A Carilion Clinic Specialist Shares His Advice for the Workplace
You’ve been off work for hours. You’ve had dinner, maybe even visited a ball field for one of your children’s baseball games. Now, you are ready to relax a little bit before it’s time for lights out. But something keeps you from truly enjoying your evening—a sore neck, pain in your upper back or stiffness in your shoulders.
If this sounds like you, chances are you work a full to partial “desk job”—without realizing it, you are becoming engrossed in your computer and are developing poor posture habits that can have a damaging effect on your health over time.
“Poor posture can lead to a stress-related or overuse type condition which can typically surface as pain and/or stiffness,” says Jesse Stem, MD. He specializes in Orthopaedic Spine Surgery at Carilion Clinic.
According to Stem, ergonomics play a big role in keeping our bodies “positioned in a manner that is well balanced and avoids putting too much demand on any one body part or muscle group.”
For those unfamiliar with the term, ergonomics is defined as the process of designing or arranging workplaces, products and systems so that they fit the people who use them. In the same way you adjust the settings of your vehicle (mirrors, distance from the steering wheel, etc.), you should adjust the “settings” of your desk area. “If the keyboard and monitor are not at a proper alignment relative to the employee’s neck and hands, then the employee will likely experience early fatigue in certain muscle groups while they are working at their work station,” Stem explains.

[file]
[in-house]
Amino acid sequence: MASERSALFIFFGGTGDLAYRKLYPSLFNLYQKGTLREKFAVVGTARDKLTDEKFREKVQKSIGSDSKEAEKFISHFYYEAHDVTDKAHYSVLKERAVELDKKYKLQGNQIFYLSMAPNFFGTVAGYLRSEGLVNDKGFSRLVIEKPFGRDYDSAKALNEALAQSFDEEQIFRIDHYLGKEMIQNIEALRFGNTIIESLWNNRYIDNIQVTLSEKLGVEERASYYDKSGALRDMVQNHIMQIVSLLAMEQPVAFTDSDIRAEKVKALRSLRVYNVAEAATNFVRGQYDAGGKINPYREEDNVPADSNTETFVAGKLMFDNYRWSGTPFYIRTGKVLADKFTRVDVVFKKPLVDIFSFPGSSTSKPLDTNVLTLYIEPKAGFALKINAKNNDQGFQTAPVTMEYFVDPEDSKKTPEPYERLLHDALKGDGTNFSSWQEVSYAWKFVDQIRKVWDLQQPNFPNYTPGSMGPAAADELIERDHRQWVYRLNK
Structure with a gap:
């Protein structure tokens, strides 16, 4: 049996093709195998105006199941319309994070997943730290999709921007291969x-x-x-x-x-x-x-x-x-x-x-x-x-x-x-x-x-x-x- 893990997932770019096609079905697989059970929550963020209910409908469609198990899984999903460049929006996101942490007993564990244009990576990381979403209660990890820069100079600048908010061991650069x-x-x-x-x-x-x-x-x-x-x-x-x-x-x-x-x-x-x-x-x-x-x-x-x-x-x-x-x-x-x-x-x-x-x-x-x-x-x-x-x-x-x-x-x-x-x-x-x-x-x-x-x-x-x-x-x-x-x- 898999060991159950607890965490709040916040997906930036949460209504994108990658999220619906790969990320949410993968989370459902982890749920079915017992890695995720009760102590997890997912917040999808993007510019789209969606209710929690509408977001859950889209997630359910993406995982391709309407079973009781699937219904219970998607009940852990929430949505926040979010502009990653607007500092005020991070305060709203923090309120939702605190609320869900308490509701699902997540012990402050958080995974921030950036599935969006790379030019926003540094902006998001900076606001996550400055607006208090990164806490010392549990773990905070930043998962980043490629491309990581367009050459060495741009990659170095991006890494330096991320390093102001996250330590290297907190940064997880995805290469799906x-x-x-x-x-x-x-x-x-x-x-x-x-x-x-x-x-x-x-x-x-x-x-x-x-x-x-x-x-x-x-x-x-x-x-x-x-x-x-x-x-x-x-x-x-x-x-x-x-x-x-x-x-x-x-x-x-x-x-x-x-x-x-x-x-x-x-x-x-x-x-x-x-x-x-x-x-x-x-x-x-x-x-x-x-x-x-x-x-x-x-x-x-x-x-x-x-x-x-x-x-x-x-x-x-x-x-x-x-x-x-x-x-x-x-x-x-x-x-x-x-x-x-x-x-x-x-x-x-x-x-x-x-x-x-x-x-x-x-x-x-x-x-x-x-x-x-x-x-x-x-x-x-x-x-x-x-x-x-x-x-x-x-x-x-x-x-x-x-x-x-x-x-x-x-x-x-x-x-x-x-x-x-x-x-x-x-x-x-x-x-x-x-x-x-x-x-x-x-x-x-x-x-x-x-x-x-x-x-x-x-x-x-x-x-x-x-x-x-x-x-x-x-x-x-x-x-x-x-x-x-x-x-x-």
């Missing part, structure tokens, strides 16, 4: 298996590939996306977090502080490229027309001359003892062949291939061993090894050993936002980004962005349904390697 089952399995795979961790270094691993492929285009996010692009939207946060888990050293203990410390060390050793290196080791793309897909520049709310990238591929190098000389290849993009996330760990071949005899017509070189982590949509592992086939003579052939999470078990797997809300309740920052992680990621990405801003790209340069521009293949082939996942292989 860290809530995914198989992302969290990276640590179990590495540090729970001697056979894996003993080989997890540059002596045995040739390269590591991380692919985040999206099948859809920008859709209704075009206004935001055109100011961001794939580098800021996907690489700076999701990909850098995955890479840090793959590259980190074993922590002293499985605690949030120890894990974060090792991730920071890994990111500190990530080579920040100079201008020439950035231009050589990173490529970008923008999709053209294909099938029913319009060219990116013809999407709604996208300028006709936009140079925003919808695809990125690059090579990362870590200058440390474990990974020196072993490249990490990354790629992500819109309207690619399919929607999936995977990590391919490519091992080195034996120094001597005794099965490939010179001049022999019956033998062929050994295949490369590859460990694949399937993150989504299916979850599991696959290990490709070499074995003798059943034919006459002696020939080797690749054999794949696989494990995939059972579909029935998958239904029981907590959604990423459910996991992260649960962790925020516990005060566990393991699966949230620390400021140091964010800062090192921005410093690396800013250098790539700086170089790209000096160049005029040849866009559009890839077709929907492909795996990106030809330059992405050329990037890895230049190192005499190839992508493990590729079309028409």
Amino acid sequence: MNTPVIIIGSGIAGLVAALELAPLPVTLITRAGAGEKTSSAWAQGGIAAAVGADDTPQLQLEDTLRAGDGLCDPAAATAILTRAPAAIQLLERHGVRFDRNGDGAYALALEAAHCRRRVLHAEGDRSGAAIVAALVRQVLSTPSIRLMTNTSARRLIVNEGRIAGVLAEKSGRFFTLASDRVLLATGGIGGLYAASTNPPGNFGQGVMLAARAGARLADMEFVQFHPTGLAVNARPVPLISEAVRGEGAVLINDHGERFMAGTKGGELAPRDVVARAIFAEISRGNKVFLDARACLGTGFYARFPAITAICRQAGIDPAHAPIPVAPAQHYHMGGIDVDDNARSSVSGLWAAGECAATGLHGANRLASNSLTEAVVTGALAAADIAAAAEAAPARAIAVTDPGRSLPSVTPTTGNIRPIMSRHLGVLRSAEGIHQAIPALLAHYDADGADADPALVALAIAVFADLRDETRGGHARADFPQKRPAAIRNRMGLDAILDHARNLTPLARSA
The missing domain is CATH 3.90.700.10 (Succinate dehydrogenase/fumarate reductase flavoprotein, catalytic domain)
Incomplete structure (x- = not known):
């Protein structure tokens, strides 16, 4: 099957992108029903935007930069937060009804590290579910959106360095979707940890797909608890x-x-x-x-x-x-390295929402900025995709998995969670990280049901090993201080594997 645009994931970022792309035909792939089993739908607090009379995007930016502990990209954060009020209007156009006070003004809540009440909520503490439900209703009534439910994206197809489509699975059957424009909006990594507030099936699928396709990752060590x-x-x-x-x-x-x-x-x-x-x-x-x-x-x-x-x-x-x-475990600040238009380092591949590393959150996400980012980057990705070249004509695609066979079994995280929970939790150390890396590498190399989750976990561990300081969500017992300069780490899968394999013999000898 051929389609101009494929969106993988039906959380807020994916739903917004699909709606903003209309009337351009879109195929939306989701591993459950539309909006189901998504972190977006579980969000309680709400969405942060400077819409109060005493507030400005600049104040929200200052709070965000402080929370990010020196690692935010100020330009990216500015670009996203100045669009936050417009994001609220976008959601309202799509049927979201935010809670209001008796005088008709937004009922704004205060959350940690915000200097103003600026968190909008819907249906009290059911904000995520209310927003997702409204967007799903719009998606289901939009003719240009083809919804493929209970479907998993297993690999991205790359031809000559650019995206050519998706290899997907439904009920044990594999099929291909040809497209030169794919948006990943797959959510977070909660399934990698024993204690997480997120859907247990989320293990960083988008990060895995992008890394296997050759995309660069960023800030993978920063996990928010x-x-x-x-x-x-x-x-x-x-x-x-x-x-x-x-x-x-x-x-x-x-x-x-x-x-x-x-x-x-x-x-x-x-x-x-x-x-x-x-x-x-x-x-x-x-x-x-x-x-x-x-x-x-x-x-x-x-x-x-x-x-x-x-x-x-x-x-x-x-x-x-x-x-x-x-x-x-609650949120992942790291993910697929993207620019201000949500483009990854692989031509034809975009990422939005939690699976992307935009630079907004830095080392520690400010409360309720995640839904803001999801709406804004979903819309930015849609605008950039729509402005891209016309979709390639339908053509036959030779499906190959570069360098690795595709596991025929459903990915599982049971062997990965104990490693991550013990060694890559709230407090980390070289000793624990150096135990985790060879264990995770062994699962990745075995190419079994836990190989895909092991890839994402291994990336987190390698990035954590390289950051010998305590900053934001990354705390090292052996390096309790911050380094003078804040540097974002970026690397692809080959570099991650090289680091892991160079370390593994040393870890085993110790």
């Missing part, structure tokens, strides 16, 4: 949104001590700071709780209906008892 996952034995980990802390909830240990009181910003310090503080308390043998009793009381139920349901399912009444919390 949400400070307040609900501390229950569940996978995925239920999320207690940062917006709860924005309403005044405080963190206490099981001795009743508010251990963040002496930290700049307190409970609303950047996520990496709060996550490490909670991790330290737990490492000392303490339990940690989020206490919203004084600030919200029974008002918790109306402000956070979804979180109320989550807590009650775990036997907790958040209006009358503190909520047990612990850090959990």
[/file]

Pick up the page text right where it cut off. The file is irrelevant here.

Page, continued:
According to the Bureau of Labor Statistics, the average civilian employee spends 39 percent of the workday sitting. But a software developer, for example, may spend as much as 90 percent of the day sitting at a desk in front of a computer.
For these employees, one recent advancement in ergonomics that can improve posture is a standing desk. (One popular model is the VARIDESK®.) It allows the employee to stand at their work station, bringing the keyboard and monitor up to an elevated position. “The employee can change positions and still remain productive at their work station,” Stem explains.
Aside from adjusting your workspace or even considering a standing desk, Stem also has a simple recommendation that can not only improve your posture, but also your mental health in the workplace. “[Take] brief periodic breaks to relax and lubricate the joints and ligaments. This might involve getting up and walking to the restroom or to a water fountain just to get a break,” he says.
Set a timer on your smartphone to remind you to step away from the screen, or even put a simple paper reminder somewhere in your workspace.
The goal for any employee who spends part of the workday in front of a computer is to avoid being stuck in one position for an extended period of time. Pay attention to your body; when you feel stiffness or pain, adjust your posture or computer/desk settings immediately.
If those adjustments aren’t enough to get rid of those daily aches and pains, Stem says some employees may want to consider seeking treatment or assistance.
“Working with a physical therapist on postural re-training as well as an assessment of your workplace ergonomics/accommodations can often be helpful,” he says.